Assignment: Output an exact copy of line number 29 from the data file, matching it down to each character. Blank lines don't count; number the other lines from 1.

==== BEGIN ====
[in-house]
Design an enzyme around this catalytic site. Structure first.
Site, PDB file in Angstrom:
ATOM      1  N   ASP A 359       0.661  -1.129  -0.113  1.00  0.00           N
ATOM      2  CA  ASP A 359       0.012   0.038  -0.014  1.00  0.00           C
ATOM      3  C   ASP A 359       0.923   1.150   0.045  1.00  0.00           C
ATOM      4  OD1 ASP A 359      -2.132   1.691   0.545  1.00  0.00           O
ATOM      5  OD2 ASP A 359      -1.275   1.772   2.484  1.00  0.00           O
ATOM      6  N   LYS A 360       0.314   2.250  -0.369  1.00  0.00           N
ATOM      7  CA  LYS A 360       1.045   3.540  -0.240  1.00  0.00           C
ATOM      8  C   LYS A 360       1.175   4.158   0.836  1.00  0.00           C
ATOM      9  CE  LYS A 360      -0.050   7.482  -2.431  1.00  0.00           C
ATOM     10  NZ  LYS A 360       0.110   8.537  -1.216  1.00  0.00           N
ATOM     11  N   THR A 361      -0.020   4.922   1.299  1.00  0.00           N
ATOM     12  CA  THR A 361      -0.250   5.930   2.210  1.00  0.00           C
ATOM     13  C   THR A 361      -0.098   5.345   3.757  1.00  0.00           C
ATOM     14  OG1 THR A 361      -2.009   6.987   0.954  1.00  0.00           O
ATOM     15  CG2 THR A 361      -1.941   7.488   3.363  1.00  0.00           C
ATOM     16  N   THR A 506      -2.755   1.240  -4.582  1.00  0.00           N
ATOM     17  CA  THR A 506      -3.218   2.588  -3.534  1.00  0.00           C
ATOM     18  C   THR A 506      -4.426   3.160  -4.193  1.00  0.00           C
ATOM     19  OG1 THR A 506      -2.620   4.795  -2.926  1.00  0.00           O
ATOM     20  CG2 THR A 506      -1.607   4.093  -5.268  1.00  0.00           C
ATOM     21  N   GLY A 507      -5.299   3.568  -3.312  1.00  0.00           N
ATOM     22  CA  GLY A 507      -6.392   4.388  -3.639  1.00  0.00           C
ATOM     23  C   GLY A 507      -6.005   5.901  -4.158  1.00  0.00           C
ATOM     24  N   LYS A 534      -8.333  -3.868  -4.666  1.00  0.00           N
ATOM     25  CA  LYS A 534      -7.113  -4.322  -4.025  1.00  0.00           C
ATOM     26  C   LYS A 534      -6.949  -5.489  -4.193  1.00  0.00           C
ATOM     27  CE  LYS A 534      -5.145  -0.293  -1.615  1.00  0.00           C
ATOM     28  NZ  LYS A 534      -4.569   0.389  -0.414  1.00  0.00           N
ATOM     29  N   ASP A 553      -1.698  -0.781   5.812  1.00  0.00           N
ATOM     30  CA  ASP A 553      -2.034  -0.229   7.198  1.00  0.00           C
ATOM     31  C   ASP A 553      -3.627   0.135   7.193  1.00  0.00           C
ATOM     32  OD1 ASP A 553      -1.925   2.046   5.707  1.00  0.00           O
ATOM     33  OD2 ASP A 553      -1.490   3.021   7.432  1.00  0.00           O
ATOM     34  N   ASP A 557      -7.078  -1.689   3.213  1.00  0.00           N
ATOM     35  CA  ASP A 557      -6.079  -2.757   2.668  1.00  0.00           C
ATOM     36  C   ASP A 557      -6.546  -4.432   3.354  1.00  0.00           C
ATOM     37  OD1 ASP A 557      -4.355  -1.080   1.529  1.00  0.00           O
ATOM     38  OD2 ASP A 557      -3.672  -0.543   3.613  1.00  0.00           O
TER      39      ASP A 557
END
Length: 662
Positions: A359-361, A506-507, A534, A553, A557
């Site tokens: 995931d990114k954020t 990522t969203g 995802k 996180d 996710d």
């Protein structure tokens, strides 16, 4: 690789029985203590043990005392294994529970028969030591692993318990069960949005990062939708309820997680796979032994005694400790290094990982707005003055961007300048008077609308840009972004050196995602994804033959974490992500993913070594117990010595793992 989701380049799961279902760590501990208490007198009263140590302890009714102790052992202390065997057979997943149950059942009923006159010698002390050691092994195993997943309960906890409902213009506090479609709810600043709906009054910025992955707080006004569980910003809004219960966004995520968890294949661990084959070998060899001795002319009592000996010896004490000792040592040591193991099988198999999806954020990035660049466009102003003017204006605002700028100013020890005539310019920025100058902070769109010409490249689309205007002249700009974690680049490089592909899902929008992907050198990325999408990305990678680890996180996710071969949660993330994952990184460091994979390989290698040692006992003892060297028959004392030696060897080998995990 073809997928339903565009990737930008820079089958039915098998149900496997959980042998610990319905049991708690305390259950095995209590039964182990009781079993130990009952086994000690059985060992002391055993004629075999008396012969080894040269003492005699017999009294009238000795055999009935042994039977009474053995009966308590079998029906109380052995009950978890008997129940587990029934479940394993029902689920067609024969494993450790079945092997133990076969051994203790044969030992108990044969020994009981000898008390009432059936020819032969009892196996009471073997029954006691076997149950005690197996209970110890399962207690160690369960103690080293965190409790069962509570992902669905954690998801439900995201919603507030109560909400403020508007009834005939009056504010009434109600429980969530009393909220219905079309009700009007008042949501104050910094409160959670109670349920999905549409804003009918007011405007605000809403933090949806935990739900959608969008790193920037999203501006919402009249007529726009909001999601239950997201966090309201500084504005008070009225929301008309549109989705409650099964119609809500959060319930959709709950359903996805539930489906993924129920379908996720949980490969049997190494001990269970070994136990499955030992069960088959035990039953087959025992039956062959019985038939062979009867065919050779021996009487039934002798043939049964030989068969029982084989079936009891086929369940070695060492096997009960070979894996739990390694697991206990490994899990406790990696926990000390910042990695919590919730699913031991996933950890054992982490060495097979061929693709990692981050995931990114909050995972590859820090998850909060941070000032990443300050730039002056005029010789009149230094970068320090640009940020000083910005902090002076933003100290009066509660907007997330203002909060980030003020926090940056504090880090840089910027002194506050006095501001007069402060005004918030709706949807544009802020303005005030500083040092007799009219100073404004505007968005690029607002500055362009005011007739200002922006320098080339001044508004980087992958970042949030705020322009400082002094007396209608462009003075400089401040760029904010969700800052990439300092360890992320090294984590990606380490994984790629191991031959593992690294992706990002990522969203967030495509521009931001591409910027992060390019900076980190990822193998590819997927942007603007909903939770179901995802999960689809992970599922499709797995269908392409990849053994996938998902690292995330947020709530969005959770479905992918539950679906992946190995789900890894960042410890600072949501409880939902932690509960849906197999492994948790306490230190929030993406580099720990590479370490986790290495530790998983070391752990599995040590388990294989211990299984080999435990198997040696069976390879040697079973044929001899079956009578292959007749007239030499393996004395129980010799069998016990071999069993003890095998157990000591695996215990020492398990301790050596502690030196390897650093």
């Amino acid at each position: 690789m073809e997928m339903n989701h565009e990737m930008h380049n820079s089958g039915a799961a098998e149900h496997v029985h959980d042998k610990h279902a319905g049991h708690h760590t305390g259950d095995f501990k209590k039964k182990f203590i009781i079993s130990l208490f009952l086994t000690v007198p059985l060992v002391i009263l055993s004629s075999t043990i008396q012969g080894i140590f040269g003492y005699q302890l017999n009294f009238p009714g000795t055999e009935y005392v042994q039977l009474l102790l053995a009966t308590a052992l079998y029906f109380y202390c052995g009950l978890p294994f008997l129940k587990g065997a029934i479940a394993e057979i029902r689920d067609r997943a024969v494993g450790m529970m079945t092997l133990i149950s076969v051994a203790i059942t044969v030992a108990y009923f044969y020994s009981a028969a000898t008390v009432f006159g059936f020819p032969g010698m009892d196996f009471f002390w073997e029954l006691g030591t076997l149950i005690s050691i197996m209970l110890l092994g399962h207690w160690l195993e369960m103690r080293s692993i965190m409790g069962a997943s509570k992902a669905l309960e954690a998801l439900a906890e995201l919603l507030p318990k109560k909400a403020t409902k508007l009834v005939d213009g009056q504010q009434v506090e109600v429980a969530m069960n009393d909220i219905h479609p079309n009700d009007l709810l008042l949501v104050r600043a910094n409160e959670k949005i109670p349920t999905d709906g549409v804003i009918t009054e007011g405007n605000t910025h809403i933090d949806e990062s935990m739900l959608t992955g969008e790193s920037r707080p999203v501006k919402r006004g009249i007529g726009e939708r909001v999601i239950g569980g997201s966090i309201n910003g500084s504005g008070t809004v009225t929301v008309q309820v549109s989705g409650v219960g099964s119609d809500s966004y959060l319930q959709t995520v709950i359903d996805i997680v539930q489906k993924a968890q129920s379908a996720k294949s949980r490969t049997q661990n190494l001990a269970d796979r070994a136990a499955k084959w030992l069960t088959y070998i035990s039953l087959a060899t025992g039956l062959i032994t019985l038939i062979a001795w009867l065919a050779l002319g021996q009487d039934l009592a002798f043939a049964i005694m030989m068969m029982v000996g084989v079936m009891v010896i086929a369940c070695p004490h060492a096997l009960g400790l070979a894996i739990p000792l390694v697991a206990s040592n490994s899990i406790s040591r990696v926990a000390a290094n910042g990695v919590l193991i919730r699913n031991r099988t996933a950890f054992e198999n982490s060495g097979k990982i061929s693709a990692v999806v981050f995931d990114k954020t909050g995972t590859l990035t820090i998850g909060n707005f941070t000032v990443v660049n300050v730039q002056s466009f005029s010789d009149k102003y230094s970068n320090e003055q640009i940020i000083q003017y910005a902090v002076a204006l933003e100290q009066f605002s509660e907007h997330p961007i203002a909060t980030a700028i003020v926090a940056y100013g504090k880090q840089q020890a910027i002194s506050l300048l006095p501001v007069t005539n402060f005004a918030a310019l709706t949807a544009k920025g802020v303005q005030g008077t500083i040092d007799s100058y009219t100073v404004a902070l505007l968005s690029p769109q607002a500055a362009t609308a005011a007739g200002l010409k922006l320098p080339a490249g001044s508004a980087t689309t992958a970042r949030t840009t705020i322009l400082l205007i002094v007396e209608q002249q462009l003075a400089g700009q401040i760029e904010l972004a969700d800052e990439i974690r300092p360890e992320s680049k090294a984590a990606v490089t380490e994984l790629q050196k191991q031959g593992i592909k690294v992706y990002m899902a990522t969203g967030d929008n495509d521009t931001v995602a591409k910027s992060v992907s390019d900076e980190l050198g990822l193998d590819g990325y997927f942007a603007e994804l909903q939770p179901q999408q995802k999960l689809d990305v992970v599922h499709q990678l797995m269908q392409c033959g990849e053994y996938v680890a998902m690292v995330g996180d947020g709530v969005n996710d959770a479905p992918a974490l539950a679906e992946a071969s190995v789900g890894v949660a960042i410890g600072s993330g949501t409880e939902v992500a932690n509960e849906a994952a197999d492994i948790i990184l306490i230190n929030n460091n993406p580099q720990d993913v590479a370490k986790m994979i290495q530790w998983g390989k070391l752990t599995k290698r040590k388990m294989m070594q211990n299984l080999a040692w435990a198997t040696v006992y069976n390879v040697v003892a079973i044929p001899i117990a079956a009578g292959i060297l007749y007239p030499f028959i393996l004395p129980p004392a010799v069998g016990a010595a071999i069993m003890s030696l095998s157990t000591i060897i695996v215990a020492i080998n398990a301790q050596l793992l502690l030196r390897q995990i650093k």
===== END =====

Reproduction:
ATOM     26  C   LYS A 534      -6.949  -5.489  -4.193  1.00  0.00           C